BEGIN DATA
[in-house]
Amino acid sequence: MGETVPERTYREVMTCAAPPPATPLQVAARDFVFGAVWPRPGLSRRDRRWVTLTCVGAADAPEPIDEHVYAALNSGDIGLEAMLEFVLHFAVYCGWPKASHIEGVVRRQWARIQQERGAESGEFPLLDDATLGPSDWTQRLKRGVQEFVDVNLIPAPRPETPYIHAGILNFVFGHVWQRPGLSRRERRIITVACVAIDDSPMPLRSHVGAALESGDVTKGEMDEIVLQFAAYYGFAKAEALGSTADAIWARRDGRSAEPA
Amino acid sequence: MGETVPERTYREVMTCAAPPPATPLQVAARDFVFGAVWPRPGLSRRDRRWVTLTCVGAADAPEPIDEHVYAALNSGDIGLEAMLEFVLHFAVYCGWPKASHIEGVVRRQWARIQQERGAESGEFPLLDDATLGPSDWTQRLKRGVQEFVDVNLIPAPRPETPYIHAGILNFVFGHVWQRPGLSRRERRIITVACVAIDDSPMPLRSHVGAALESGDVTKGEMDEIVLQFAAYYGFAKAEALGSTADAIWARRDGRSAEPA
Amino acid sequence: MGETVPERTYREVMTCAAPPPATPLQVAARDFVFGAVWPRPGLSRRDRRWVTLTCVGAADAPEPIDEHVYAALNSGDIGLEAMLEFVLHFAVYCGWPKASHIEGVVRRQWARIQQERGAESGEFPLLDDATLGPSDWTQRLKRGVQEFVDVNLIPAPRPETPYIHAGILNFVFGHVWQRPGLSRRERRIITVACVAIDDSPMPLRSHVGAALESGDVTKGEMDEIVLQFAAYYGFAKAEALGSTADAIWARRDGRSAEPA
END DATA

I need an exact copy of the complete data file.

[in-house]
Amino acid sequence: MGETVPERTYREVMTCAAPPPATPLQVAARDFVFGAVWPRPGLSRRDRRWVTLTCVGAADAPEPIDEHVYAALNSGDIGLEAMLEFVLHFAVYCGWPKASHIEGVVRRQWARIQQERGAESGEFPLLDDATLGPSDWTQRLKRGVQEFVDVNLIPAPRPETPYIHAGILNFVFGHVWQRPGLSRRERRIITVACVAIDDSPMPLRSHVGAALESGDVTKGEMDEIVLQFAAYYGFAKAEALGSTADAIWARRDGRSAEPA
Amino acid sequence: MGETVPERTYREVMTCAAPPPATPLQVAARDFVFGAVWPRPGLSRRDRRWVTLTCVGAADAPEPIDEHVYAALNSGDIGLEAMLEFVLHFAVYCGWPKASHIEGVVRRQWARIQQERGAESGEFPLLDDATLGPSDWTQRLKRGVQEFVDVNLIPAPRPETPYIHAGILNFVFGHVWQRPGLSRRERRIITVACVAIDDSPMPLRSHVGAALESGDVTKGEMDEIVLQFAAYYGFAKAEALGSTADAIWARRDGRSAEPA
Amino acid sequence: MGETVPERTYREVMTCAAPPPATPLQVAARDFVFGAVWPRPGLSRRDRRWVTLTCVGAADAPEPIDEHVYAALNSGDIGLEAMLEFVLHFAVYCGWPKASHIEGVVRRQWARIQQERGAESGEFPLLDDATLGPSDWTQRLKRGVQEFVDVNLIPAPRPETPYIHAGILNFVFGHVWQRPGLSRRERRIITVACVAIDDSPMPLRSHVGAALESGDVTKGEMDEIVLQFAAYYGFAKAEALGSTADAIWARRDGRSAEPA